• Plan for quiet time: Set aside some quiet time over the weekend and relish the moment. Make a goal to wake up an hour early each Saturday to catch up on articles over a cup of coffee. Instead of reading articles throughout the weekend when you’re out-and-about, knock out some reading early and enjoy the stillness of the morning.
  • Exercise: Walk. Run. Hike. Swim. Whatever you do, just get moving! I wish I would take my own advice on this one, because exercise truly is the magic potion for our mental and physical energies. By expending energy through exercise, we create more energy. So just when you think you’ve maxed out from the day, throw in a brisk walk and you’ll get just the boost you need to keep going. You can even use this time to your business’ advantage and learn something new. With tablet technologies, you can catch up on some TED talks or Lynda videos right from the treadmill.
  • Clear your schedule:  Try and clear your weekend schedule once a month to do the things you love to do. Don’t make plans or commit to any activities – just enjoy the weekend how you want to enjoy it. Having no plans provides the freedom we need to think clearly and completely re-charge.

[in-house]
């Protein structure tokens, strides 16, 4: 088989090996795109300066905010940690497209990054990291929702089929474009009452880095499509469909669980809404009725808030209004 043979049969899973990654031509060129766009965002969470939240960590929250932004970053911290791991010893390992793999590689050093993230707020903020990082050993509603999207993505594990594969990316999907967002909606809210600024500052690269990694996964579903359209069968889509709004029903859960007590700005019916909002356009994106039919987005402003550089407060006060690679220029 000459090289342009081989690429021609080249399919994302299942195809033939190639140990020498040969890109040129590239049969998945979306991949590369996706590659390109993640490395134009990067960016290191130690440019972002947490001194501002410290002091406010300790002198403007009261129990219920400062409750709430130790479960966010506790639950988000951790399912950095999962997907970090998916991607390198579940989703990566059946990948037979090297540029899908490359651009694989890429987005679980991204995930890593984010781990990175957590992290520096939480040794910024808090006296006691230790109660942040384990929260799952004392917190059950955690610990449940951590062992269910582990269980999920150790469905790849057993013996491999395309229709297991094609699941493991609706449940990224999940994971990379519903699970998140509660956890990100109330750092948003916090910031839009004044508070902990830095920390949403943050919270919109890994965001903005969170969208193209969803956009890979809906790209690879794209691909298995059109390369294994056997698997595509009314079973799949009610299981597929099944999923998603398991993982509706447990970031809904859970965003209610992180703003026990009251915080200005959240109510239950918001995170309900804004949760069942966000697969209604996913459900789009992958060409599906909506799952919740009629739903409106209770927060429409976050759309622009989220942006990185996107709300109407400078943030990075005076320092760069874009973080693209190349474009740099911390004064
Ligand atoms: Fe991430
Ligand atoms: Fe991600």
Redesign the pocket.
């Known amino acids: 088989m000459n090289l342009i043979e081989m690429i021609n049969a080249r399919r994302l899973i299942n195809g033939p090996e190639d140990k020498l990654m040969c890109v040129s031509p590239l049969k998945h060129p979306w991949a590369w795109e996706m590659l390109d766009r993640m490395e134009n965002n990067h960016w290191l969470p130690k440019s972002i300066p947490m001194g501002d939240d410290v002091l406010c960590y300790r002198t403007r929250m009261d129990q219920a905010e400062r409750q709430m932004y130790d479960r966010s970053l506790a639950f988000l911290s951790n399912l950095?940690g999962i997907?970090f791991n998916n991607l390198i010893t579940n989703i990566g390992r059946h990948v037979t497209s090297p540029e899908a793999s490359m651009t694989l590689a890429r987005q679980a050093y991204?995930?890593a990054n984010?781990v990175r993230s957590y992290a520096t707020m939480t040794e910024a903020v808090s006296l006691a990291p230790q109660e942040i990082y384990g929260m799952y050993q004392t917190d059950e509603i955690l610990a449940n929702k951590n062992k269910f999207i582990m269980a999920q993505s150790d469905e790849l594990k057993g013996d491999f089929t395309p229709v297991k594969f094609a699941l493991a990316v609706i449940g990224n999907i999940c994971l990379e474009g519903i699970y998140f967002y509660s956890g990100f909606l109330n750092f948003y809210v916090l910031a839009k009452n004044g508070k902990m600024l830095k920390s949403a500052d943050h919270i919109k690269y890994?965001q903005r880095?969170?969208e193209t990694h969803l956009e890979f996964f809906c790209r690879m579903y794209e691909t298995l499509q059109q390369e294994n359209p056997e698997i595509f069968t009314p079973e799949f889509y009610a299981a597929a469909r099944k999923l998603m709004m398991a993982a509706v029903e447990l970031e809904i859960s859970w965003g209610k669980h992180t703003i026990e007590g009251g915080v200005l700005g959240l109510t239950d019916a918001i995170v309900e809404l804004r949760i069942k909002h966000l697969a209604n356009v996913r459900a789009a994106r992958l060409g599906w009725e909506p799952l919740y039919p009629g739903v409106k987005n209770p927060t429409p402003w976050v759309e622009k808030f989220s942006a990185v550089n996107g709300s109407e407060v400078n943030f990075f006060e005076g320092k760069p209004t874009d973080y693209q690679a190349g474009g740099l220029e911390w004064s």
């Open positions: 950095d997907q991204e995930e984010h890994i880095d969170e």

• Work on your hobby: Just like you do during the workweek, put aside time for planning, doing and generating ideas for the things you’re passionate about. It gives you a great boost of creativity and confidence.
  • Prep for the week ahead: When the weekend is winding down, reflect on the ways you re-charged over the weekend and think about what you’d like to do differently next week. Take a few minutes to think about ways you can do your job better and commit to a wonderful week ahead.

How do you spend your weekends? Have you established a comfortable routine, or are there things you would change to re-charge more effectively? I’d love to hear your ideas on how to make the most out of your weekends and how this transcends over to your business.

 

Happy Selling!
Olga Kazakova, Director of Corporate Communications, Volusion

 

5 Responses to “How to Reclaim Your Weekend and Rejuvenate Your Business”

  1. victoria syvestre

    Ha, funny I am reading this on a Saturday where my whole family went to the pool while I was packing. How do you get to the point Olga, when you have an outside job, your blossoming business, your young family, where you can just say, hey I need to hire someone to help? Cause it aint’ gonna get done if I don’t do it.
    Need inspirational comments please 🙂

    Reply
    • Olga

      Hi Victoria,